Legislative Task Force Tackles Rising Medical Costs
A legislative task force has taken a crack at attacking rising health care costs.
They've come up with a recommendation that could be the framework for new legislation in 2019. The proposal would establish a target limit on the growth of health care spending statewide, reflecting a promise by the Oregon Health Authority to cap Medicaid spending at 3.4 percent annually.
The rise in health care spending poses a big problem in the United States where it's eaten up more and more of the country’s income. The U.S. spends more than other industrialized countries on health care but Americans aren’t healthier because of it.
In 1970, the U.S. spent nearly $75 billion on health care. That rose to more than $1 trillion by 2000, according to data from the Centers for Medicare & Medicaid Services. By 2016, That number had tripled, the data show.
The rise has been constant, worrying policymakers about the future.
When the Oregon Legislature convenes in 2019, it will have an opportunity to examine the trajectory of rising health care costs in Oregon and decide the fate of the task force’s proposal.
The proposal includes four phases. The first calls for creating a framework to establish a statewide spending benchmark by 2020 and a blueprint for 2020-21 while outlining the entities that would be involved. Subsequent phases include spelling out the short-and long-term oversight of the plan and putting other things in place, such as establishing the necessary infrastructure and support, creating a reporting system, setting up accountability and enforcement, writing a timeline and gathering feedback.
Rep. Rob Nosse (D-Portland), who served on the bipartisan task force, said the bill represents a good fit for Oregon.
“It is a simple model with the potential for a big impact,” Nosse said.
Some observers agree.
"The proposal represents a step in the right direction,” said Mark Griffith, a health care advocate for Oregon State Public Interest Research or OSPIRG. "It's less ambitious than a concept like single payer but it's still something that's worth doing for the state."
The bipartisan task force started working on the issue last November and met 10 times since. They examined plans that took on rising health care from other states, including Maryland, Massachusetts, Pennsylvania and Vermont.
They initially examined Maryland’s plan, which focuses on hospitals. The task force decided it was not comprehensive enough to have the impact needed in Oregon.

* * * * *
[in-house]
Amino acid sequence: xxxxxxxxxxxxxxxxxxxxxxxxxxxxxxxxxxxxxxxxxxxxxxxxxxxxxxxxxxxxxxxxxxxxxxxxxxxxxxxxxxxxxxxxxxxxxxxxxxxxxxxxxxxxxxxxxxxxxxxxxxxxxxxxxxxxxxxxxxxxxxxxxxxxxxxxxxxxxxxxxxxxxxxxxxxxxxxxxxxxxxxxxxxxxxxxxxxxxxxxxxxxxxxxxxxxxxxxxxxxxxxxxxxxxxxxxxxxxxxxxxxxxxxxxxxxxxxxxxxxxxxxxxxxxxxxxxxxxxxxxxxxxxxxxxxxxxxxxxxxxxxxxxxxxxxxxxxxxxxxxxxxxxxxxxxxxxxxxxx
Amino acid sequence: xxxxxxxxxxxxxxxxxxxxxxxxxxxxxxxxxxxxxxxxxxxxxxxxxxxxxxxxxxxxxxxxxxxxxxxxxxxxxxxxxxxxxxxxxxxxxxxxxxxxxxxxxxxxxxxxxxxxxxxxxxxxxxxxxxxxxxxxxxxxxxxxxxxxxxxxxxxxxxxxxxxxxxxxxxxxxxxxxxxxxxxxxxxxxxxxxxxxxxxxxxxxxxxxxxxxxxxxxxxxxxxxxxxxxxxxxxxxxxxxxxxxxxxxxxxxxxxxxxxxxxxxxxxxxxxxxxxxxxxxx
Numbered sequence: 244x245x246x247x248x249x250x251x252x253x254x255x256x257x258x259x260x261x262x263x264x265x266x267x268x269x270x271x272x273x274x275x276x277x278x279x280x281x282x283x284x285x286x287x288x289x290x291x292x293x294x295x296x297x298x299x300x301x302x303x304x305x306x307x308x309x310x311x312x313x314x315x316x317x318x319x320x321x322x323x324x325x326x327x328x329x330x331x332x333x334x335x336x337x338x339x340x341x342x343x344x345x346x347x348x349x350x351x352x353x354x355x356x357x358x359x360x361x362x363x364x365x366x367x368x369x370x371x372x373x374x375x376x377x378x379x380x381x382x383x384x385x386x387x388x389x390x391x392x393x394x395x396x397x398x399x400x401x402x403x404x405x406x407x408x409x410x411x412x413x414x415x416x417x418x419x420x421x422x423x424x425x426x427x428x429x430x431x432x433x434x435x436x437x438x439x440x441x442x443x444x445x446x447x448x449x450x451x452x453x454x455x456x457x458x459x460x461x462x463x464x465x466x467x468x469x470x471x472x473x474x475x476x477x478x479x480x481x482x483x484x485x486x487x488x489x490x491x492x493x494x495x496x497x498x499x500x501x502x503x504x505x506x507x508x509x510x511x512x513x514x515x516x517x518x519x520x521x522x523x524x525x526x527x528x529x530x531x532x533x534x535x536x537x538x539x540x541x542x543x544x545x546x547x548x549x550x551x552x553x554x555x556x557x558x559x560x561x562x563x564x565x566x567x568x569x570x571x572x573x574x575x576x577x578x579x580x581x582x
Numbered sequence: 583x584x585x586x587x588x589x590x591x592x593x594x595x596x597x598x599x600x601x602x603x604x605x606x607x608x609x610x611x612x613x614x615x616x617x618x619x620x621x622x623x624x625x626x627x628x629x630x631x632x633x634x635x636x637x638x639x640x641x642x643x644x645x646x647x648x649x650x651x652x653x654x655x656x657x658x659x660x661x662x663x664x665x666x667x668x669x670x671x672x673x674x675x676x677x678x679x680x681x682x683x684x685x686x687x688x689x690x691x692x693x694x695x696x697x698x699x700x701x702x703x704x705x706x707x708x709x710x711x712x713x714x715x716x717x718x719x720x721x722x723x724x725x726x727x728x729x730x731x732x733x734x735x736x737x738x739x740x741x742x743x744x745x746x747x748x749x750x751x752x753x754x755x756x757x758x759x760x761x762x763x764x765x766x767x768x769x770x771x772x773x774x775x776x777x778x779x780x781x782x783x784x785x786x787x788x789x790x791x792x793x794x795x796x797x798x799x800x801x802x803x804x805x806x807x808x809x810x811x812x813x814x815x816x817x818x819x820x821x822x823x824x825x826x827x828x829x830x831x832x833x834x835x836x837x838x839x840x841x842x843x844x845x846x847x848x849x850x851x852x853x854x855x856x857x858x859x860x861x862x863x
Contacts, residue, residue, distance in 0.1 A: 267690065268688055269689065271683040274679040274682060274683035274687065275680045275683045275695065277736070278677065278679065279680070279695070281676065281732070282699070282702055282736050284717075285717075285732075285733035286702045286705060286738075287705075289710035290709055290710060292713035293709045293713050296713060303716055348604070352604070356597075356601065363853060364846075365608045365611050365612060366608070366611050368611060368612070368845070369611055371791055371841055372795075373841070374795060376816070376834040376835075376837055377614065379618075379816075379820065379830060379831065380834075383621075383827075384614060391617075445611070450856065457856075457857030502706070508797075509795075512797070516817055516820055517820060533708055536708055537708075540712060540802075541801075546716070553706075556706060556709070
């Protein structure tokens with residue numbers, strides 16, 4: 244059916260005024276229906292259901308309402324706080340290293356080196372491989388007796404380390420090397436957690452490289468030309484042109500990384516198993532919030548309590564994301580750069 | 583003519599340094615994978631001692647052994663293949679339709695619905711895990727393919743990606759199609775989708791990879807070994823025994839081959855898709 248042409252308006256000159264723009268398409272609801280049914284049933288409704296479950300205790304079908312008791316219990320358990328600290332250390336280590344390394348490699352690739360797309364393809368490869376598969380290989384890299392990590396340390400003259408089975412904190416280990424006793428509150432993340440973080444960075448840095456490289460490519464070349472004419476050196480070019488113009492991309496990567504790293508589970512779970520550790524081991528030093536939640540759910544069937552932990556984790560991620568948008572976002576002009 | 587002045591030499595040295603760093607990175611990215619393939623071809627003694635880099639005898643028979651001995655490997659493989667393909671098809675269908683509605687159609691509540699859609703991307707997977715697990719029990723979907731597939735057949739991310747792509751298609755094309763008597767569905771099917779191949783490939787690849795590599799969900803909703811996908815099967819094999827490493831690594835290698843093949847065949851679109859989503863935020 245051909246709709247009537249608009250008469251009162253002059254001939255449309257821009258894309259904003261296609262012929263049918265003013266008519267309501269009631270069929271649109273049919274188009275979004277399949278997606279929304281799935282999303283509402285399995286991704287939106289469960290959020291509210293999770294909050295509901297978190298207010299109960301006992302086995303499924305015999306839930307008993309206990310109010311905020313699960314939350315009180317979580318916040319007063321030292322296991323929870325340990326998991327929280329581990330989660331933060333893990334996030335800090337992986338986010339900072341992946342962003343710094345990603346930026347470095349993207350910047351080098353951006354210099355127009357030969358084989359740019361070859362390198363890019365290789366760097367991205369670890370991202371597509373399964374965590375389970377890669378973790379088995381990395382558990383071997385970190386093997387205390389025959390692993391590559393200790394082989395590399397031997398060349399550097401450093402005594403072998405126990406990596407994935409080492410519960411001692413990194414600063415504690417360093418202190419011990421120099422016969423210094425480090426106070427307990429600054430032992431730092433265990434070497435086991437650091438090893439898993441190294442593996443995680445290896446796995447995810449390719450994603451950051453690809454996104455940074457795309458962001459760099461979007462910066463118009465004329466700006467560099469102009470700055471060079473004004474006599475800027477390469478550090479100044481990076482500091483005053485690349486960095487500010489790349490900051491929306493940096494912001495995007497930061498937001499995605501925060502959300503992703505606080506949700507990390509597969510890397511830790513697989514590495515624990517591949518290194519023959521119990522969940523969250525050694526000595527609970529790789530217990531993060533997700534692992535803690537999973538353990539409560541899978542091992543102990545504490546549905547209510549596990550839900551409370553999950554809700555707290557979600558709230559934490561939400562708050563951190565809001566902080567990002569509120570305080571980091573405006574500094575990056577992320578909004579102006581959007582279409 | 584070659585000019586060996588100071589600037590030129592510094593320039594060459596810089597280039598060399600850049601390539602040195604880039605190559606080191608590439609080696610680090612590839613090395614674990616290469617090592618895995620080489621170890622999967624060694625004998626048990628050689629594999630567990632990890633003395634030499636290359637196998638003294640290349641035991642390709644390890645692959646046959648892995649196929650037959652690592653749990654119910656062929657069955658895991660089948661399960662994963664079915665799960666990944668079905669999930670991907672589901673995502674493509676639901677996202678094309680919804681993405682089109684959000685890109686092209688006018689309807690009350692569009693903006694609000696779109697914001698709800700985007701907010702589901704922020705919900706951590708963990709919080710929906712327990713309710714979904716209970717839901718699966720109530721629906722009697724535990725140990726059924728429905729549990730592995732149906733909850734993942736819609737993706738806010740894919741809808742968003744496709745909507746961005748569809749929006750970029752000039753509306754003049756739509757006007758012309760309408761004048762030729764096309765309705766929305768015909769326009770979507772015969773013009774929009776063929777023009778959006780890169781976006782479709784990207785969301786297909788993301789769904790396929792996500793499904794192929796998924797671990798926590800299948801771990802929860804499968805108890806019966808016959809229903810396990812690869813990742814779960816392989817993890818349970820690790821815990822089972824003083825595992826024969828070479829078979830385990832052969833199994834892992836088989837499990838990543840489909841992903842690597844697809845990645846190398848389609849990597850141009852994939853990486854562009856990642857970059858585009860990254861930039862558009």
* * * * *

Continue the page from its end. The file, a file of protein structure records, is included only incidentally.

“We discovered that focusing on hospital cost alone didn't get us very far in controlling total health care cost,” said Sen. Lee Beyer (D-Springfield), one of SB 419’s chief sponsors.
The Massachusetts plan, spanning 2013 to 2017, created a benchmark limiting health care cost increases to 3.6 percent annually. Over four years, the state saw an annual cost increase of just under its benchmark of 3.6 percent. That resulted in billions of dollars of savings for employers and payers. In the next five years, Massachusetts officials estimate they’ll save nearly $5 billion in health care costs.
In Pennsylvania, health care officials are working on the financial stability of rural hospitals, which struggle to operate in the black. The plan, from 2018 to 2023, will include global budgets for the hospitals to reduce costs and boost revenue. State officials hope to cap cost increases at 3.38 percent and expect $35 million of Medicare savings.
And in Vermont, officials have devised a plan that aims to get people enrolled in accountable care organizations, a group of health care providers who agree to come together to provide coordinated high-quality care to patients. Using this model, the state hopes to limit the increase in costs to 3.5 percent from 2018 to 2022 and to cut Medicare growth by 1 percent to 2 percent below the national level.
The task force bill includes elements of the other plans that seemed most appropriate for Oregon.
“The report recommends Oregon's adoption of a cost cap similar to what Massachusetts and Vermont are doing,” Beyer said. “The cap would require reporting of cost increases by all health providers and payers and require that they complete a corrective action plan if their cost exceeds the cap.”
The extent of Oregon’s cost cap has yet to be determined, but it may resemble the one in Massachusetts.
Beyer said Oregon’s plan covers all health care cost increases and was supported by hospitals, provider groups and insurance companies. The lone task force dissenter was Rep. Ronald Noble (R-McMinnville), who felt the plan drifted from its initial focus on hospitals to include other areas not represented within the group.
“What I’m seeing is scope creep,” Noble said. “My concern is that the recommendation is beyond the stuff of just hospitals, and not all the critical stakeholders are involved with the process. We’re talking about systemwide – all providers.”
In addition to lawmakers, the task force included members from health care services and entities such as Moda Health Plan, Samaritan Health Services, Santiam Memorial Hospital, Adventist Health, Providence Health & Services, St. Charles Health System, OSPIRG, the Oregon Health Authority, the Oregon Health Policy Board, SEIU Local 49 and the Department of Consumer and Business Affairs.
The proposal had near-unanimous support.
Beyer said if enacted, details would be worked out over the Legislature’s 2020 interim session.
Beyer is confident that the proposal will elicit interest.
“I think it will be well received within the 2019 Legislature,” he said. “A test of that will be the reaction of House and Senate health care committees during the next legislative days where the report will be presented.”